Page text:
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The desire to spend less money on fueling up the car is not new, but we always renew our attempts at it when gas prices soar. Now that gas prices have soared alongside the prices of absolutely everything else, we’re all feeling like we need to make a better effort at purchasing less of it. Here are the latest tips on how to do just that.

  1. Fill up with the lowest grade possible. Some drivers purchase a higher grade of gasoline than necessary, either due to prestige or a suggestion. Talk to your mechanic and find out what’s really necessary for your vehicle. Also ask about gasoline with additives. Sometimes they do work to the benefit of your vehicle, but sometimes they’re just marketing.
  2. Fill up at the lowest price per gallon possible. We know this seems obvious, but here’s why we mention it. Convenience is king and the king has expensive tastes. Gas stations located away from high-traffic intersections and highway interchanges charge less per gallon. Determine what those locations are in your area and make a point to fill up there.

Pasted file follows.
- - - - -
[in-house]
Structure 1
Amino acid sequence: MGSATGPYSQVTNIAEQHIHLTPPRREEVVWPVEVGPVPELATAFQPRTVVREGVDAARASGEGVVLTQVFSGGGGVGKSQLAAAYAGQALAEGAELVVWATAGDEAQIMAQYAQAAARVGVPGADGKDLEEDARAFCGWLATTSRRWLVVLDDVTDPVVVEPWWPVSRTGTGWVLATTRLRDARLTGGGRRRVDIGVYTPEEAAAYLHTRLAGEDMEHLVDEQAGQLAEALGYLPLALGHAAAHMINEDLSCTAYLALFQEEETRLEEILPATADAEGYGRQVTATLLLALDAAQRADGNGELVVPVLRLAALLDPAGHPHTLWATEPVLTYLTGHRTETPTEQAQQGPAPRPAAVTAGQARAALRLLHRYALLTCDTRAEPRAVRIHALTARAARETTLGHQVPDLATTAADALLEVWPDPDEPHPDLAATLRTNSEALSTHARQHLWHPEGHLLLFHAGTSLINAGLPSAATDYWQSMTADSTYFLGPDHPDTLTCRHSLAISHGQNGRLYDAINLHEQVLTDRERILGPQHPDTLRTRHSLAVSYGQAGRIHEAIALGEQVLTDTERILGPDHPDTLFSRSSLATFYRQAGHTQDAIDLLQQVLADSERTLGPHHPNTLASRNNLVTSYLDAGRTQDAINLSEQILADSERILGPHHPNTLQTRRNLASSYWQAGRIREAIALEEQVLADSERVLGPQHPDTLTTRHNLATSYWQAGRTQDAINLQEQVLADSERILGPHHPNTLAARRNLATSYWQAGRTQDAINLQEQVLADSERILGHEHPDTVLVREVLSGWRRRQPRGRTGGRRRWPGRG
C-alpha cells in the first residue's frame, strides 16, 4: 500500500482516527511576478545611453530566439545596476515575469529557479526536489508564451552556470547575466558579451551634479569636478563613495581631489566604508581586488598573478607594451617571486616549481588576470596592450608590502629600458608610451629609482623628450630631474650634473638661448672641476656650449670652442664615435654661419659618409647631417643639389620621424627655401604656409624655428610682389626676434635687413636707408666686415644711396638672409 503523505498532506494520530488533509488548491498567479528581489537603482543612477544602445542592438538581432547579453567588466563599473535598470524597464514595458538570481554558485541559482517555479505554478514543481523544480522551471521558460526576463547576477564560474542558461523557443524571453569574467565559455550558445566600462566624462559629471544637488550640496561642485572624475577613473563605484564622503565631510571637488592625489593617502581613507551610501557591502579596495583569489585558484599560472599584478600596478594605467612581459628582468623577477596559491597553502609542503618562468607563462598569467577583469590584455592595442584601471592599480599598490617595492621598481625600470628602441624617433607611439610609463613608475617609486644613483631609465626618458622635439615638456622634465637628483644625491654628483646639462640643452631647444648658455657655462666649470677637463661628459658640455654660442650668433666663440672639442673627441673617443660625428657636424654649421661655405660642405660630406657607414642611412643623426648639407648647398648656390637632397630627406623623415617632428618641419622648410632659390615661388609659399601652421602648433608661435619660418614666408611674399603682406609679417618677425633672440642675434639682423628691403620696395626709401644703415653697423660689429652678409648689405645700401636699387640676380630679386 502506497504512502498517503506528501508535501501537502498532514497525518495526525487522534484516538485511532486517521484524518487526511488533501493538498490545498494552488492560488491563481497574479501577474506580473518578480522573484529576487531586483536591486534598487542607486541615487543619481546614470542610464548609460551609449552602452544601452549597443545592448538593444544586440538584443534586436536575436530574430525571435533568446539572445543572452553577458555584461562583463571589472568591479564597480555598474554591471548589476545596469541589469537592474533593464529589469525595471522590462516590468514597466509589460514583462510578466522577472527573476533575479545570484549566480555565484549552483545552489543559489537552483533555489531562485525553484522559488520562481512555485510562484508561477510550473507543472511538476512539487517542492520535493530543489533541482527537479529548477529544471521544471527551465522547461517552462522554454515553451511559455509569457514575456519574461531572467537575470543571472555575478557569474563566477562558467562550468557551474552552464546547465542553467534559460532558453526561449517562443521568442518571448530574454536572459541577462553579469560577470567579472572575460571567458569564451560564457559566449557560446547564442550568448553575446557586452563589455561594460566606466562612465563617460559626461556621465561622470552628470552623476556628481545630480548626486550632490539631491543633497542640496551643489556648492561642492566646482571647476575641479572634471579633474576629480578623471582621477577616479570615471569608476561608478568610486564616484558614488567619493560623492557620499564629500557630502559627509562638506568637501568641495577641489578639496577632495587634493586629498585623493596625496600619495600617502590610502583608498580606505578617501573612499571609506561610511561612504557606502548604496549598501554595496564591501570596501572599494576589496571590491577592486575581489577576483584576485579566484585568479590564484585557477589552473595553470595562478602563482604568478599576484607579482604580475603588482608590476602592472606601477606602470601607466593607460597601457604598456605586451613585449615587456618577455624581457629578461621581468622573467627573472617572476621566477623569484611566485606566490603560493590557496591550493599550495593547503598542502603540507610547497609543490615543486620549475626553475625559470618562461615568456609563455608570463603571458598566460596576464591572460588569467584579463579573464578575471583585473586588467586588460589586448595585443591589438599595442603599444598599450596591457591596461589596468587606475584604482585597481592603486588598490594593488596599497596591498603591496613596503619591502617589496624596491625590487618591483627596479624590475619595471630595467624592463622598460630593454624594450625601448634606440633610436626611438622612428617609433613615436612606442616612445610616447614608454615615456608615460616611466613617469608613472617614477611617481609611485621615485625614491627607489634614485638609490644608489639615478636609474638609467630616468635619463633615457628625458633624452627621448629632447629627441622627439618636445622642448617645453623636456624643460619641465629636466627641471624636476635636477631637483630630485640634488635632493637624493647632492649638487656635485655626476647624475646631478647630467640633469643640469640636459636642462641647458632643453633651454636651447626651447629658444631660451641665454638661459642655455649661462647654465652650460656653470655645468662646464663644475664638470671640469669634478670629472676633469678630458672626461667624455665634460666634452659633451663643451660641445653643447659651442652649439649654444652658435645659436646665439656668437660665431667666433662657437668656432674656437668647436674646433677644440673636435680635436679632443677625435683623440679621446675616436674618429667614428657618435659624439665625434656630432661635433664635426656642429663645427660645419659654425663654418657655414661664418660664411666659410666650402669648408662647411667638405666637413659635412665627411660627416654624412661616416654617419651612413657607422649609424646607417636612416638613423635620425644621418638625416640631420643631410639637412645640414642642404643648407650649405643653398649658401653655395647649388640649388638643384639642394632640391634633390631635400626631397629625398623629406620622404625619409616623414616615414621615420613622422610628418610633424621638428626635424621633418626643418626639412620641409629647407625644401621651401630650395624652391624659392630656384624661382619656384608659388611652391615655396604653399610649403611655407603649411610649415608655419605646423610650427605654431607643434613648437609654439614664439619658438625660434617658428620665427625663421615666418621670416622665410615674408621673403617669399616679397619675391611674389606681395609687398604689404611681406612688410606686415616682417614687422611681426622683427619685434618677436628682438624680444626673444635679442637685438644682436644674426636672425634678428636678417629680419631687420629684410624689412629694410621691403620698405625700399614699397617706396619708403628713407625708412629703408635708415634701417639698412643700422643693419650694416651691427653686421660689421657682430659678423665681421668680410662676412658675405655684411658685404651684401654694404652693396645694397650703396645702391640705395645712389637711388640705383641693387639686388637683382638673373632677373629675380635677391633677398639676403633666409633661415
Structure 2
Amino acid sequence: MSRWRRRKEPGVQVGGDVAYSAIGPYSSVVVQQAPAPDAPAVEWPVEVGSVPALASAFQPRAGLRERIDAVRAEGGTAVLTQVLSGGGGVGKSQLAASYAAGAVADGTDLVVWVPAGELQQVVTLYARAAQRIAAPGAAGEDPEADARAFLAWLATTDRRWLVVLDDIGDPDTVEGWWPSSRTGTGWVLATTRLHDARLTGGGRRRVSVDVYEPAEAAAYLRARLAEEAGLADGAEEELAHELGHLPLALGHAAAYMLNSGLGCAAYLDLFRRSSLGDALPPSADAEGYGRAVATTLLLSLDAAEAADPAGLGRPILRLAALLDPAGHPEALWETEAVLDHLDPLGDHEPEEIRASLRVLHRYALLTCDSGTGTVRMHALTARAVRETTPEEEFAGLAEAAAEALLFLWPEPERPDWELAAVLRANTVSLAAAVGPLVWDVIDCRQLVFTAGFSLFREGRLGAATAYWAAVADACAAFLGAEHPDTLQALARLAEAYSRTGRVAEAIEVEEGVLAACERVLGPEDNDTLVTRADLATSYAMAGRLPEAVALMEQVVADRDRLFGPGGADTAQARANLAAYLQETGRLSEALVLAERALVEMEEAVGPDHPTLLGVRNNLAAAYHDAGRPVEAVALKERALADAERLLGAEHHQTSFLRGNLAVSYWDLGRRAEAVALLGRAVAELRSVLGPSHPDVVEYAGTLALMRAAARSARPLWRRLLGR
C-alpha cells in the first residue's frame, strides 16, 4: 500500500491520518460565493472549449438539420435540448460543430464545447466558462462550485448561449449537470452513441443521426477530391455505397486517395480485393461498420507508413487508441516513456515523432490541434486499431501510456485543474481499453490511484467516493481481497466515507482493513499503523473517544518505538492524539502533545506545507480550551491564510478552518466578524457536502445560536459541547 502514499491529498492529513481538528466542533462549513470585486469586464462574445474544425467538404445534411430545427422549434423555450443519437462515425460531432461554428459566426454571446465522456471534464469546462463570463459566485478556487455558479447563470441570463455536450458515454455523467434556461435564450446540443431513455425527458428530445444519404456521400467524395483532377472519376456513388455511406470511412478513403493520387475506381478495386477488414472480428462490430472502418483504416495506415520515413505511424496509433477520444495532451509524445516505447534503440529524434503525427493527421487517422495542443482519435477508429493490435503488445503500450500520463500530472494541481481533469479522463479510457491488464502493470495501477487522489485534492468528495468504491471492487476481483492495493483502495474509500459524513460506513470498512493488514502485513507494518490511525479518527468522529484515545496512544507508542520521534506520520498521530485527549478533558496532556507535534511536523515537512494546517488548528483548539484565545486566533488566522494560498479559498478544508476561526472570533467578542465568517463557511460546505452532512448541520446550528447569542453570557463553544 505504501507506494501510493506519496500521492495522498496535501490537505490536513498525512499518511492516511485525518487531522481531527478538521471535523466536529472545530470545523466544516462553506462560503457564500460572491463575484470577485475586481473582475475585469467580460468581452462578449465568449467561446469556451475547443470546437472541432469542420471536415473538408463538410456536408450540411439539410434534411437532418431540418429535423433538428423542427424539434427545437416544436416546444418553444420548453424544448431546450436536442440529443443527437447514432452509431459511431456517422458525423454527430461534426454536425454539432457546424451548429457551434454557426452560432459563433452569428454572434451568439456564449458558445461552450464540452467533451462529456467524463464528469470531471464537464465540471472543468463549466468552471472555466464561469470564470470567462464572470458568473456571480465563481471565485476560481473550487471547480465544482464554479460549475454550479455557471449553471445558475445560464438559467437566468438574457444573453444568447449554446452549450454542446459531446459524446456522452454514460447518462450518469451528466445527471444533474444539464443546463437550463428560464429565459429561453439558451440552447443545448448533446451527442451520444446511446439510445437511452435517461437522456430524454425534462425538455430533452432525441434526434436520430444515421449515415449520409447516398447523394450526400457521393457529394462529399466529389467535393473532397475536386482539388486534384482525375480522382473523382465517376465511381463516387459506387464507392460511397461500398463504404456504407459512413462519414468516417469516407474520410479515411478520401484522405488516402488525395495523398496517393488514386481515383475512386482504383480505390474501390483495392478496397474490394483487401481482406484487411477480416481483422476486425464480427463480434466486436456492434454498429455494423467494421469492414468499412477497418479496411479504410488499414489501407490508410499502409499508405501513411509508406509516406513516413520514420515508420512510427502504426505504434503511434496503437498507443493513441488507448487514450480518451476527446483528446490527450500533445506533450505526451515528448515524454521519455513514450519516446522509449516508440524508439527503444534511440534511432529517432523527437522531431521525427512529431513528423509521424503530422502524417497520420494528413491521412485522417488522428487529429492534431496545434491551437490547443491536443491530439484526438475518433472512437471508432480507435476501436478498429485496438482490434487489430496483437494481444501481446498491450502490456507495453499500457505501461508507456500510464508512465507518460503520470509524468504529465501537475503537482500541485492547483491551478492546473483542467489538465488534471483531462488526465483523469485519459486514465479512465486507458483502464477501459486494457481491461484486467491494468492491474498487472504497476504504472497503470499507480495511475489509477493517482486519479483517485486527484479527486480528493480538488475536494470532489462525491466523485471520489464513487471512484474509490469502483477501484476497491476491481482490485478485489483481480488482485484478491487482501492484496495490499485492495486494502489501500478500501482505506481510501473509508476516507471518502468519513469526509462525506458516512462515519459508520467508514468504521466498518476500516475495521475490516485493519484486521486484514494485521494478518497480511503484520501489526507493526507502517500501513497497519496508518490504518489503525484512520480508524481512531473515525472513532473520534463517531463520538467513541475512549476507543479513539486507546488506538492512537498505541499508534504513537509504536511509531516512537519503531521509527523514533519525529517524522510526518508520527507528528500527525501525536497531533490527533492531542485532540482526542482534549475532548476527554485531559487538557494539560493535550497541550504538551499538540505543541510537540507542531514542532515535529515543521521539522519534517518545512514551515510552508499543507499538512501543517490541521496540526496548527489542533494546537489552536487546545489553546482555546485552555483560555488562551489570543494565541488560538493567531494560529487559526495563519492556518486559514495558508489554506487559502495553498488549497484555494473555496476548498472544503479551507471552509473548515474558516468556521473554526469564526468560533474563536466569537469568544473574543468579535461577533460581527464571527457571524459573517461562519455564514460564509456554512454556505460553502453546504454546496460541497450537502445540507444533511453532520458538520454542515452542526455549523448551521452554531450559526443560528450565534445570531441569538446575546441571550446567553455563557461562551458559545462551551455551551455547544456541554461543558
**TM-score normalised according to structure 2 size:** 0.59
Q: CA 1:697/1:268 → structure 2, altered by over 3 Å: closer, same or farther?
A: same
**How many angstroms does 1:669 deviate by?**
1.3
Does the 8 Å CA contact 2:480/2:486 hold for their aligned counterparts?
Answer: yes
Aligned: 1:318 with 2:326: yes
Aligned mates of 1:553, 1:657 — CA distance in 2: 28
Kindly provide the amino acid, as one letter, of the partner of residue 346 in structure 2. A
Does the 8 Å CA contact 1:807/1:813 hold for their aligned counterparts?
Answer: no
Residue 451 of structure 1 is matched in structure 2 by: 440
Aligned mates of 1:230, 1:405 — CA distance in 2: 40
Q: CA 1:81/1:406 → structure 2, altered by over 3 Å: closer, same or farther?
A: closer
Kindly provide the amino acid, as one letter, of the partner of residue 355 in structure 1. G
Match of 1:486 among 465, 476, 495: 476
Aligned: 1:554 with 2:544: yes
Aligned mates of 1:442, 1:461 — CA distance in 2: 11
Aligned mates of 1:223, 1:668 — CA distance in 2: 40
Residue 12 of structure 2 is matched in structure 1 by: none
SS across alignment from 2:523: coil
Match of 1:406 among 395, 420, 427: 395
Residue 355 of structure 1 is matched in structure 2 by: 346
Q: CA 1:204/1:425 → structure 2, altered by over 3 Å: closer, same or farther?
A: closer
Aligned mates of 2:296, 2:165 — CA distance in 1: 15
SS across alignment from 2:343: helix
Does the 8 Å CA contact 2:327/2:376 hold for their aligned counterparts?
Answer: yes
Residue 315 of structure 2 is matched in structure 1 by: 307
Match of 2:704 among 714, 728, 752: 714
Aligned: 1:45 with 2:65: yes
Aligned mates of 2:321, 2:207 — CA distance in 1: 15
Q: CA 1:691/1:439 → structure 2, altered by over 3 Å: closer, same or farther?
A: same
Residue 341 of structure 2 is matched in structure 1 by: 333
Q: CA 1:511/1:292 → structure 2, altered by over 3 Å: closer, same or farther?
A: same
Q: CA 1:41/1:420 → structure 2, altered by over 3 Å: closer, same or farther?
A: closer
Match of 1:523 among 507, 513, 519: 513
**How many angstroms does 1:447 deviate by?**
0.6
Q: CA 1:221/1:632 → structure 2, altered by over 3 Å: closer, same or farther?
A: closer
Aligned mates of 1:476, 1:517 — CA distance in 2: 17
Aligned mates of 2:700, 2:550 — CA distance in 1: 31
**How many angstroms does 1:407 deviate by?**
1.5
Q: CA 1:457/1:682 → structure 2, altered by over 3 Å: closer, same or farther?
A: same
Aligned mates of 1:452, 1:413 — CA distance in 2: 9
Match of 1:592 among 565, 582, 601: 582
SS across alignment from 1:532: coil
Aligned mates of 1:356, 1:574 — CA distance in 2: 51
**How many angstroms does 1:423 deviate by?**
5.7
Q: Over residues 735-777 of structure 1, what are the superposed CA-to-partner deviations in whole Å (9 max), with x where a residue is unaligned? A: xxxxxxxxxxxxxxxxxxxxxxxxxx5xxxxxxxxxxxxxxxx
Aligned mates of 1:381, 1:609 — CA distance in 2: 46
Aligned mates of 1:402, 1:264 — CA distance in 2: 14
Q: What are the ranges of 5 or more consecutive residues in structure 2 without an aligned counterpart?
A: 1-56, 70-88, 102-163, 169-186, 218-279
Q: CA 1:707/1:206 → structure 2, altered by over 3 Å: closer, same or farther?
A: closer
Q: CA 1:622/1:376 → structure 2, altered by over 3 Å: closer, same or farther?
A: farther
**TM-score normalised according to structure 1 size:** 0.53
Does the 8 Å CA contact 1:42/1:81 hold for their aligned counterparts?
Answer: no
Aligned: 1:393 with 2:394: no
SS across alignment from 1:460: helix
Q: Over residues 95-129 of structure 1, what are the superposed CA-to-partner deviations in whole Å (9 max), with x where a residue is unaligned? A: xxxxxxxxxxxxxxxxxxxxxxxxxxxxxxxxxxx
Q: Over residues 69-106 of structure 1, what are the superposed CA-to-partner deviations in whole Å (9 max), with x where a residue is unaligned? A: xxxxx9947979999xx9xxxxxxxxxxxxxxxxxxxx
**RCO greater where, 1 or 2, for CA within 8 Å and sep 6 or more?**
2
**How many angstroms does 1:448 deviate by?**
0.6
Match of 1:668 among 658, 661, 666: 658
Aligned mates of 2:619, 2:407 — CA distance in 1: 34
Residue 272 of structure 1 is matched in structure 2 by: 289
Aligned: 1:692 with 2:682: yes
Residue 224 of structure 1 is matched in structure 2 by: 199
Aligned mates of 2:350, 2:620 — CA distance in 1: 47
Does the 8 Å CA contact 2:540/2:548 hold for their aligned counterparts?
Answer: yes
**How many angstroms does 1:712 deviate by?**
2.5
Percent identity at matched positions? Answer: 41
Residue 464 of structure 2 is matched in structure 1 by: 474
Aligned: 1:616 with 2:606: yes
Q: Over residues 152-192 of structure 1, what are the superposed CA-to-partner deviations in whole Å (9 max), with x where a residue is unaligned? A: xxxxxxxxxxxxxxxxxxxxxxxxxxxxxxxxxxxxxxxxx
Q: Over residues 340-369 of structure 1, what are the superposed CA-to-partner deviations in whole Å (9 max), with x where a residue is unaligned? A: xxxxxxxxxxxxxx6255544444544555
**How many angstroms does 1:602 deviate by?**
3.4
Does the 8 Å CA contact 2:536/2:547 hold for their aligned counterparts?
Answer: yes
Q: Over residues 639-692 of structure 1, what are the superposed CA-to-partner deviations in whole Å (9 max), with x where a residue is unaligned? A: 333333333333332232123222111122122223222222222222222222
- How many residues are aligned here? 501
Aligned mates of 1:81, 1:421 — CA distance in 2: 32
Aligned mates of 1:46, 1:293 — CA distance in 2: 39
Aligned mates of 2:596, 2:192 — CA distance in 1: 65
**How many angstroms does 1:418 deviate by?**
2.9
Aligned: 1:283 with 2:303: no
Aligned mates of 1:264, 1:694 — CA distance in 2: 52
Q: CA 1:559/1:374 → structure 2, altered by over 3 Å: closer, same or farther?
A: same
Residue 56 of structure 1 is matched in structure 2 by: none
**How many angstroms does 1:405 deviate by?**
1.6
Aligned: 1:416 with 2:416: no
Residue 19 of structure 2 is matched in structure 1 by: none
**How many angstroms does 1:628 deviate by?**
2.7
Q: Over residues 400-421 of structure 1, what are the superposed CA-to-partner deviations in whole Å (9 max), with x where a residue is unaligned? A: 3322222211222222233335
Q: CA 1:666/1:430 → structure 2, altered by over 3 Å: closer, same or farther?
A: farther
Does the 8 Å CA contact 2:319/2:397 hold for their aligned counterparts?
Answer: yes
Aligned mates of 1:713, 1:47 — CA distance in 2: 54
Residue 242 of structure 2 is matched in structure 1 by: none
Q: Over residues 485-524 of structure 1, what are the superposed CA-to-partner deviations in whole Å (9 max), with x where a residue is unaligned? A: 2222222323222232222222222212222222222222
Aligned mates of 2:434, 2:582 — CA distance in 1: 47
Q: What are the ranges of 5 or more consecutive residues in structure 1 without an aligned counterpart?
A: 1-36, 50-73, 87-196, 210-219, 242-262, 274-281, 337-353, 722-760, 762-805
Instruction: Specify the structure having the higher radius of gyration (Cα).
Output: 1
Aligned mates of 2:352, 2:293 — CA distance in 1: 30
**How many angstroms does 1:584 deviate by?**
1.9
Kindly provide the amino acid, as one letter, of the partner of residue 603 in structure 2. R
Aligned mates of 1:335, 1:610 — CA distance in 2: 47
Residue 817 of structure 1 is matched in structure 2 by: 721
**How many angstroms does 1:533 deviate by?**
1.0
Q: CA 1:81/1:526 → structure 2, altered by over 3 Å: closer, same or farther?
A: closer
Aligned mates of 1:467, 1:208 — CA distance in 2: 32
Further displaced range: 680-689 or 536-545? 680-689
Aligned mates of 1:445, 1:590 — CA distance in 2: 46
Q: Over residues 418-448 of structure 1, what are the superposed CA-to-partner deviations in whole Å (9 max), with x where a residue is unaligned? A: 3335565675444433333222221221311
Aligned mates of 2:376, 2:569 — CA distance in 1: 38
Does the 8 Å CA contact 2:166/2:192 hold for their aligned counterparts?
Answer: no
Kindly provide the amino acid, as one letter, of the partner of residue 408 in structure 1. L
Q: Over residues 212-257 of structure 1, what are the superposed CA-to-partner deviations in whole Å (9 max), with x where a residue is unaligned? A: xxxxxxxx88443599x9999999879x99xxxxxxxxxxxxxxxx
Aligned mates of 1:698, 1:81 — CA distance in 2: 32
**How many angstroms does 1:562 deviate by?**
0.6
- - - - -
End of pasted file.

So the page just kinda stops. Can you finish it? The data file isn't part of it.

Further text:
3. Brake steadily. Your vehicle burns more gas when you accelerate often and brake hard. So, avoid zooming in and out of traffic or in and out of the neighborhood. Drive steadily and at a reasonable pace. Not only is it cheaper, but it also puts less wear and tear on your vehicle, it’s safer, and it gives your passenger(s) a more comfortable ride.
  4. Slow down. Your vehicle burns more gas when you drive faster. We know this is difficult to hear, but driving at 75 mph on the freeway creates wind resistance that increases your fuel consumption. Drive 65 mph instead. It’ll boost your fuel economy up to 20% by comparison.
  5. Stay tuned up. A vehicle that’s running in tip-top shape will have the most efficient gas consumption. Regular tune ups can be pricey and inconvenient, so maintain what you can as best as you can. Tires that are properly inflated, oil that’s changed regularly, and working filters (air, fuel, oil) make a big difference.

There are a number of apps and websites you can use to track local gas prices. Some online maps automatically provide prices, too. Unfortunately, they’re not always reliable and price updates can fall behind. It’s wise to do what you can on your own before you put your trust in crowd-sourced reporting. That way you’ll know you’re saving as much as possible and any additional savings you find will be purely a bonus.